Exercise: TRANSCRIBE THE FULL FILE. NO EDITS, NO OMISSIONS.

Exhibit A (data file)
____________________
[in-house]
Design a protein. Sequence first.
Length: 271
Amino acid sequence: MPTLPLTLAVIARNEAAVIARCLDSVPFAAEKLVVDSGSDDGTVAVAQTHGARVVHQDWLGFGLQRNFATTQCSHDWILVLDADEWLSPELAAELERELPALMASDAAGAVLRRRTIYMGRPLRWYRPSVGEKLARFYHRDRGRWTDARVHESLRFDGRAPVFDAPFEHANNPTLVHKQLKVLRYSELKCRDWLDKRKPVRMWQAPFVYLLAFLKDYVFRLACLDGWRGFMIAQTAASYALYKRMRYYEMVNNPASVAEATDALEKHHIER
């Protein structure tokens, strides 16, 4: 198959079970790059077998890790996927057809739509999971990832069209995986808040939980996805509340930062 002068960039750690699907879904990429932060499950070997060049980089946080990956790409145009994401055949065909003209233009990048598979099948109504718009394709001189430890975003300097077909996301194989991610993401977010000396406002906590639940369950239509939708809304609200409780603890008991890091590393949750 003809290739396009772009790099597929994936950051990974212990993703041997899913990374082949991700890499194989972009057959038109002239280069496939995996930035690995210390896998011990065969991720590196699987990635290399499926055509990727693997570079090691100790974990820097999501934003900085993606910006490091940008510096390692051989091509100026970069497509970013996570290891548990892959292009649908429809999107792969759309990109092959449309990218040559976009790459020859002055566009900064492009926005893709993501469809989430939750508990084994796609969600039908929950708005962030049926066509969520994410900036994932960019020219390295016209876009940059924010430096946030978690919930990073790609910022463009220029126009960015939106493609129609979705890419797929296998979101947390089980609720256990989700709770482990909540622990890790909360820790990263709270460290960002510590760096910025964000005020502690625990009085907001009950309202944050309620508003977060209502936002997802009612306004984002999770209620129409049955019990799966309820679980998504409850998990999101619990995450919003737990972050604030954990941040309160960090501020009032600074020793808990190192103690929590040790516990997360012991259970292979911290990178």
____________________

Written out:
[in-house]
Design a protein. Sequence first.
Length: 271
Amino acid sequence: MPTLPLTLAVIARNEAAVIARCLDSVPFAAEKLVVDSGSDDGTVAVAQTHGARVVHQDWLGFGLQRNFATTQCSHDWILVLDADEWLSPELAAELERELPALMASDAAGAVLRRRTIYMGRPLRWYRPSVGEKLARFYHRDRGRWTDARVHESLRFDGRAPVFDAPFEHANNPTLVHKQLKVLRYSELKCRDWLDKRKPVRMWQAPFVYLLAFLKDYVFRLACLDGWRGFMIAQTAASYALYKRMRYYEMVNNPASVAEATDALEKHHIER
């Protein structure tokens, strides 16, 4: 198959079970790059077998890790996927057809739509999971990832069209995986808040939980996805509340930062 002068960039750690699907879904990429932060499950070997060049980089946080990956790409145009994401055949065909003209233009990048598979099948109504718009394709001189430890975003300097077909996301194989991610993401977010000396406002906590639940369950239509939708809304609200409780603890008991890091590393949750 003809290739396009772009790099597929994936950051990974212990993703041997899913990374082949991700890499194989972009057959038109002239280069496939995996930035690995210390896998011990065969991720590196699987990635290399499926055509990727693997570079090691100790974990820097999501934003900085993606910006490091940008510096390692051989091509100026970069497509970013996570290891548990892959292009649908429809999107792969759309990109092959449309990218040559976009790459020859002055566009900064492009926005893709993501469809989430939750508990084994796609969600039908929950708005962030049926066509969520994410900036994932960019020219390295016209876009940059924010430096946030978690919930990073790609910022463009220029126009960015939106493609129609979705890419797929296998979101947390089980609720256990989700709770482990909540622990890790909360820790990263709270460290960002510590760096910025964000005020502690625990009085907001009950309202944050309620508003977060209502936002997802009612306004984002999770209620129409049955019990799966309820679980998504409850998990999101619990995450919003737990972050604030954990941040309160960090501020009032600074020793808990190192103690929590040790516990997360012991259970292979911290990178």